The people who cater to our every whim in bars, restaurants and hotels often work long hours on their feet (or chained to a desk) to ensure that we are looked after and have a good, and happy, experience. Perhaps it’s no surprise that hospitality industry employees are prone to burnout.

The World Health Organisation (WHO) describes burnout as an occupational phenomenon, not a medical condition but a “syndrome as resulting from chronic workplace stress that has not been successfully managed”.

Going the extra mile is part of the job, but all of those miles can end up being exhausting. In the hotel business, receptionists, cleaners, doormen, porters, chefs, waitrons, managers, concierge services, and more, work tirelessly behind the scenes to ensure that guests enjoy their stay at any good hotel. The hotel industry never sleeps to ensure that every guest has a peaceful night’s rest.

Guy Stehlik, CEO of South African-based hospitality company BON Hotels, has worked in every sphere of the industry – having grown up in the hotels his father managed and starting out working as a bellboy from just seven years old.

Stehlik, a self-confessed “hotel brat”, has acquired a lifetime of industry knowledge working for prominent hotel groups including the Hyatt Group (South Africa’s first international hotel group) and Protea Hotel Group before founding BON Hotels.

“Hotel employees, including those who work in management and in head office, spend long days and nights pretty constantly on the go. We often sacrifice downtime, quality time with our families and valuable holidays to be on top of our game at work. This combined with a variety of workplace stresses can leave you susceptible to exhaustion,” he says.  Furthermore, the hospitality industry is particularly susceptible to alcohol and drug abuse, which has a huge role in further undermining our wellbeing and exacerbating the health and physical wellbeing of our staff.

We are definitely not doing remotely enough to address the drug and alcohol abuse which is so rampant throughout our industry; we have a responsibility for this to be a top priority at our businesses, but we are falling radically short. Lives are constantly being lost, performance is being undermined and careers are not reaching their potential as a result.

“The world is waking up to the importance of being aware of and addressing mental health concerns. At all levels, from management to floor workers, we have to be able to recognise the symptoms of occupational burnout.”

The WHO lists these symptoms as feeling depleted or exhausted, having an increased mental distance or feelings of negativity towards your job, and reduced professional efficacy.

What can hospitality industry employees do to prevent burning out?

Also speaking from his own in-depth industry experience, Group Operations Director of BON Hotels Pieter van Eck explains that people in upper levels of hotel management need to keep an eye on those working below them. Likewise, all employees should look out for signs of burnout in themselves and each other.

A study by Occupational Care South Africa (OCSA) found that 15% of South Africans are absent from work every day, with only one in three being physically ill. This absenteeism reportedly loses businesses between R12 billion and R16 billion annually.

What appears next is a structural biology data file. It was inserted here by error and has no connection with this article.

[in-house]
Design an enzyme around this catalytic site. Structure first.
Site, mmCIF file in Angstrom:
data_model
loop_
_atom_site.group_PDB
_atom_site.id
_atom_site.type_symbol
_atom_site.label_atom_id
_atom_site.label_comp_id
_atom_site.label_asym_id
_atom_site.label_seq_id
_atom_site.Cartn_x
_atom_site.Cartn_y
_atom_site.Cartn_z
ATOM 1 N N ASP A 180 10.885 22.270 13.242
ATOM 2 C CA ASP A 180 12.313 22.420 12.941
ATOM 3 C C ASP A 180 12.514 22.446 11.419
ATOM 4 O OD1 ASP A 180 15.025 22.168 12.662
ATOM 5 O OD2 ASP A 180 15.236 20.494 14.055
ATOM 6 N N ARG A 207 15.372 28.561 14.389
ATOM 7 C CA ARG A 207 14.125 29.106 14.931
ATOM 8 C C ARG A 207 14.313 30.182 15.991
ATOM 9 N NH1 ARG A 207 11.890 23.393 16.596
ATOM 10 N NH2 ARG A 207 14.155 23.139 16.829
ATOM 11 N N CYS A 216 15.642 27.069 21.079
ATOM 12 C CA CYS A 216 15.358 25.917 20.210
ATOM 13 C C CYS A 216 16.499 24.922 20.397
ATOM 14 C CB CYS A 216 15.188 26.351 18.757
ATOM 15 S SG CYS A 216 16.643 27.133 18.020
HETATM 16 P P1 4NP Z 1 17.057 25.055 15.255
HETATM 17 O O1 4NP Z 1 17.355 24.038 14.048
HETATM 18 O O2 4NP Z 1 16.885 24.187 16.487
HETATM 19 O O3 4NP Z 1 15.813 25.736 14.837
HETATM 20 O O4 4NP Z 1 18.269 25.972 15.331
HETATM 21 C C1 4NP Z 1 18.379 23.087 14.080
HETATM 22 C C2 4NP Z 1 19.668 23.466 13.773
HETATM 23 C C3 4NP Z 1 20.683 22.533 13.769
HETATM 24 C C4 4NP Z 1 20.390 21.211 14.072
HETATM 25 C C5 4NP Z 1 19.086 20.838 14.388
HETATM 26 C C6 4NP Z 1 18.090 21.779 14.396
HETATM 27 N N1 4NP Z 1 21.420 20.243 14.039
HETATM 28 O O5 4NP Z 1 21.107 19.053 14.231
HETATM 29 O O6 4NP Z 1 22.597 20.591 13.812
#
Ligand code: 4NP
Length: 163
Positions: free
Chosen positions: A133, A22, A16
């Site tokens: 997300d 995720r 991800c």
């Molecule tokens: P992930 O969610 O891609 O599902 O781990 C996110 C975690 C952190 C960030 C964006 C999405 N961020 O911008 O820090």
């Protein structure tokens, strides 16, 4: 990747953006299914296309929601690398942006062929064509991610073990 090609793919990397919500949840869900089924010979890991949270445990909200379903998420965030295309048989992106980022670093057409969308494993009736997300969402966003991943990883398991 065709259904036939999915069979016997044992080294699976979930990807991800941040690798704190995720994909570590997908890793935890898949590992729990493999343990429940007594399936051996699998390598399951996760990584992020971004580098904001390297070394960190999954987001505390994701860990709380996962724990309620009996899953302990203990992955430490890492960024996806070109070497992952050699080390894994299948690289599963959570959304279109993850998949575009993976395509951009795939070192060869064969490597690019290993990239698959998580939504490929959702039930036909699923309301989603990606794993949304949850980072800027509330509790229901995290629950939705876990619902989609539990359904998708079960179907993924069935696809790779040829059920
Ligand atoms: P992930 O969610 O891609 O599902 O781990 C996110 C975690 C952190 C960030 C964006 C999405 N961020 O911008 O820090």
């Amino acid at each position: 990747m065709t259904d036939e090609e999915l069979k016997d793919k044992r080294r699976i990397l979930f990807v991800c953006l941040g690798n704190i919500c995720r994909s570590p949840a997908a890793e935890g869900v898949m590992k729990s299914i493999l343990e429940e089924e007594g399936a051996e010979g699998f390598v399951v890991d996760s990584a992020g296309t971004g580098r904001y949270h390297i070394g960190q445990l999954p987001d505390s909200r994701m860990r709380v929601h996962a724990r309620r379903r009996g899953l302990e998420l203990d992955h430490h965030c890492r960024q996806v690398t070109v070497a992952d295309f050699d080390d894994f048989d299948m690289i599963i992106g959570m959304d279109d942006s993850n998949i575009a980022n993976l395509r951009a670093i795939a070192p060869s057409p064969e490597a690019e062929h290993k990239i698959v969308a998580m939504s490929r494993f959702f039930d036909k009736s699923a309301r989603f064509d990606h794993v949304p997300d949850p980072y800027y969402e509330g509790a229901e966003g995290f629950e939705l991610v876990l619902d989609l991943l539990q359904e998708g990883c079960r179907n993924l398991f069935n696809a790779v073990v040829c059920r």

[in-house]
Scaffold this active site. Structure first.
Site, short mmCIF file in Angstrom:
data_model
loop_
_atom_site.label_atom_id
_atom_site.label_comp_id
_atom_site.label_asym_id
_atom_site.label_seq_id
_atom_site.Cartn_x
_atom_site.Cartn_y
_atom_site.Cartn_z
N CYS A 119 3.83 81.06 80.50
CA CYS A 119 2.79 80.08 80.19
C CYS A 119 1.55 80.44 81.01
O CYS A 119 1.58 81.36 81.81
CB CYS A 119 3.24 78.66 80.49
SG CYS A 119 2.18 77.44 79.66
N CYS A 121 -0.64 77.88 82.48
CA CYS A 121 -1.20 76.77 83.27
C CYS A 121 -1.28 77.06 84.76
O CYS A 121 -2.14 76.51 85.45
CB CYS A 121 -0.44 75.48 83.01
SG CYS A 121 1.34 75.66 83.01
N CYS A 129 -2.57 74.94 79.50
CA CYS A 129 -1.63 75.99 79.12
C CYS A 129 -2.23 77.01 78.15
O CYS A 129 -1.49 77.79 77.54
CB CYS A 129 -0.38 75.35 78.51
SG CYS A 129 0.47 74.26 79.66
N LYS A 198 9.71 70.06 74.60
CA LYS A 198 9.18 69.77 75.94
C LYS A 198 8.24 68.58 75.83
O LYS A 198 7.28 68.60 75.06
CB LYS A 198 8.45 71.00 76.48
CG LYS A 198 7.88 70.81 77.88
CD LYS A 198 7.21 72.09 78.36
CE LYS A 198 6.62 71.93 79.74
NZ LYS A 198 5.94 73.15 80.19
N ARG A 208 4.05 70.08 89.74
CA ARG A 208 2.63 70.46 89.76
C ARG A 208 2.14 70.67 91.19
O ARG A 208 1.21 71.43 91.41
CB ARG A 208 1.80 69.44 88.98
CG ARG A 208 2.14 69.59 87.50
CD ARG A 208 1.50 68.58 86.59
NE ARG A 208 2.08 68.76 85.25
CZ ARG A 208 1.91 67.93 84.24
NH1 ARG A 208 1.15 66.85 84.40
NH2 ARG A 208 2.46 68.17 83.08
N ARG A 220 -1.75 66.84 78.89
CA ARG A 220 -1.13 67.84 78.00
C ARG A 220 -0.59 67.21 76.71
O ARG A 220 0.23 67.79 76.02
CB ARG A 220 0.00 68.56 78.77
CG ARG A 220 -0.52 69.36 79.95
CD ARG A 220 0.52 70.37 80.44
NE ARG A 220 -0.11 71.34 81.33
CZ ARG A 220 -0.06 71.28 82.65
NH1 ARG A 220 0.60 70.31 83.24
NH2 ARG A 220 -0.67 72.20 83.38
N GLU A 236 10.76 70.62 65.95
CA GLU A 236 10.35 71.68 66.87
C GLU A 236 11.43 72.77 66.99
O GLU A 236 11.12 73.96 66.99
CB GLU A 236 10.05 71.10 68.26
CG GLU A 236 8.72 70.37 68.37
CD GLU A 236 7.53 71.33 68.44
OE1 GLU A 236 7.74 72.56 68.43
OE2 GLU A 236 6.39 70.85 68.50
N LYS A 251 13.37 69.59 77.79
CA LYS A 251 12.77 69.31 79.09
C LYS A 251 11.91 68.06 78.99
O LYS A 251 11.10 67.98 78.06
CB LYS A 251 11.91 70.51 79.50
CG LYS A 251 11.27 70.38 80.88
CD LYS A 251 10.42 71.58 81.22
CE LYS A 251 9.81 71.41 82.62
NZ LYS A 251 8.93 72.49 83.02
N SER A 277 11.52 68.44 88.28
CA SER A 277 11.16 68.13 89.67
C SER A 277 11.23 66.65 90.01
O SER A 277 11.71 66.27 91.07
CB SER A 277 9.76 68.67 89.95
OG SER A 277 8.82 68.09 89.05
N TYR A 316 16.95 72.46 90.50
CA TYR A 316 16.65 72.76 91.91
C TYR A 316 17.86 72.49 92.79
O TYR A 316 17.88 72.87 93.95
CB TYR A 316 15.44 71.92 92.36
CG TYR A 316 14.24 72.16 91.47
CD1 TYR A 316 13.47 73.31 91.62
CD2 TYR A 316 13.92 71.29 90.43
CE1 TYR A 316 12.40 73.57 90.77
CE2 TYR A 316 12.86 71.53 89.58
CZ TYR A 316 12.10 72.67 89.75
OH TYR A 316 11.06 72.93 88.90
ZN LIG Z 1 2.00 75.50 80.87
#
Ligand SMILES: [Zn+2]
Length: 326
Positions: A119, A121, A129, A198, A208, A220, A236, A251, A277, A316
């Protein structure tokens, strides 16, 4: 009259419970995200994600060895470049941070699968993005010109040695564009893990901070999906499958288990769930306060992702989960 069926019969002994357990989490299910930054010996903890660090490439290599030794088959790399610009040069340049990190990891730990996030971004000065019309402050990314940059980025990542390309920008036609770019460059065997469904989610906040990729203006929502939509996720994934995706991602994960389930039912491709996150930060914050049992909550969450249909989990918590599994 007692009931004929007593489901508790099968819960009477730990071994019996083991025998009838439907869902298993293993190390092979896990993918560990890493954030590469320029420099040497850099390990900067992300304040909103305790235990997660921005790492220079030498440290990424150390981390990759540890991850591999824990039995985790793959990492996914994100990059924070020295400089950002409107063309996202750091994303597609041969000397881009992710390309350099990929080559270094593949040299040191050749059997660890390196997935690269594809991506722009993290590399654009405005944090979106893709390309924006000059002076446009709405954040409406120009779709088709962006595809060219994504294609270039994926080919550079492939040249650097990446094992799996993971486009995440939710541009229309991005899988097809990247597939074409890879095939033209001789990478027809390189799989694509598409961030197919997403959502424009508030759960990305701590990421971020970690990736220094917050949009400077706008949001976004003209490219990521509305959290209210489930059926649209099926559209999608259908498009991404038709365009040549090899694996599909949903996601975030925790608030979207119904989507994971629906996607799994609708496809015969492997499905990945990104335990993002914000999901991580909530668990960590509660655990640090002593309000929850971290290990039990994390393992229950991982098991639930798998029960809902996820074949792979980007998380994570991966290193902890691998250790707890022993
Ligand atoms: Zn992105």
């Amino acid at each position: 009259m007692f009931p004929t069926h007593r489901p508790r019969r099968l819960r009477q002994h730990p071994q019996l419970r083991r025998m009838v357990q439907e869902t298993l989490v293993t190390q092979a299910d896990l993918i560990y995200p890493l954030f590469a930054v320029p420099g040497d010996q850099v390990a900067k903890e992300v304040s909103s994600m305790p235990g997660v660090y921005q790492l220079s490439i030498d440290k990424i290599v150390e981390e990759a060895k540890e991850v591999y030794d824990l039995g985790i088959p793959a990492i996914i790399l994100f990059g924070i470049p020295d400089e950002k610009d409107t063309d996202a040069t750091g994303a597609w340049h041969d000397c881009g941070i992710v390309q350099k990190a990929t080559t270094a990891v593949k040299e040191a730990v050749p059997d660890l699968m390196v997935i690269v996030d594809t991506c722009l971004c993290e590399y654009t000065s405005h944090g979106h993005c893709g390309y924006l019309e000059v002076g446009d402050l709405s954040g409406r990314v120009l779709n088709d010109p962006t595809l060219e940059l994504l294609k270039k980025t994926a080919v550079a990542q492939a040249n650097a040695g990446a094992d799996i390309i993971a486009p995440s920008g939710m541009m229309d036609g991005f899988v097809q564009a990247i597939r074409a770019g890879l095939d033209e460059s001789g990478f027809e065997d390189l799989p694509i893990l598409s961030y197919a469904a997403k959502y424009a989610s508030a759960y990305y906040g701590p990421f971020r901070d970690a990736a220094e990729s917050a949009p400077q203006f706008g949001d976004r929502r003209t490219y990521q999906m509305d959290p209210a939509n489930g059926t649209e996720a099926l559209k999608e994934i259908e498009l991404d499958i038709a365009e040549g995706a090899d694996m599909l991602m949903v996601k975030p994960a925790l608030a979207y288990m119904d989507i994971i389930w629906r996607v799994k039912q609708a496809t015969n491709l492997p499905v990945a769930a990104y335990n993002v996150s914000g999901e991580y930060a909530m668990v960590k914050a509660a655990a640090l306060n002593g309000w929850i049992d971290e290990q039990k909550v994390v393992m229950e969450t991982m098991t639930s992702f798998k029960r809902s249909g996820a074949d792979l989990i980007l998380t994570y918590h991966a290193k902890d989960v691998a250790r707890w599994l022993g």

“Those experiencing burnout might not recognise it themselves, or be willing to admit it to their co-workers. There is a stigma around mental illness and a common misconception that it means you aren’t up to the task of performing effectively,” says Van Eck.

“But there are steps you can take to combat work-related stress and fatigue. You have to prioritise your health and focus on finding a good work life balance. Employers can also help facilitate this. It’s important to be able to have an open dialogue around these kinds of issues.”

The good news is that companies focusing on workplace wellness is a rising trend. One recent report by The RAND Corporation in the United States determined that more than 80% of companies in the country (those with teams upwards of 50 people) offered their employees corporate wellness benefits. And many South African businesses are following suit.

Stehlik advises a holistic approach to self-care: looking after your personal health, prioritising time for your own interests outside of the workplace and planning quality time with loved ones to maintain strong relationships.

“Things like being sure to drink enough water throughout the day might seem very obvious, but we often forget to stop and drink some water when we are running around looking after other people’s needs,” says Stehlik.  Companies with head offices should encourage their staff to go to gym during lunch time too!

“Likewise, you need to make sure you are putting enough nutrients into your body. It seems so simple, but the quickest, easiest energy-boosting snack on the go isn’t always the healthiest option. Not to mention the fact that a quick sugar boost leads to your energy crashing shortly after.”

On a similar note, many studies have shown that regular exercise boosts energy. It might be the last thing you feel like doing after a long shift, but it also releases endorphins which make you happier, helps to relieve stress and anxiety and generally keeps you stronger and healthier. It can even help you sleep better and a good night’s sleep can go a long way towards improving your day at work.

Stehlik says: “Our jobs revolve around catering for the needs of guests, 24-hours a day, seven days a week. You have to find a balance to perform at your best without becoming exhausted. You have to look after yourself to be able to look after others – easier said than done”,  he says.


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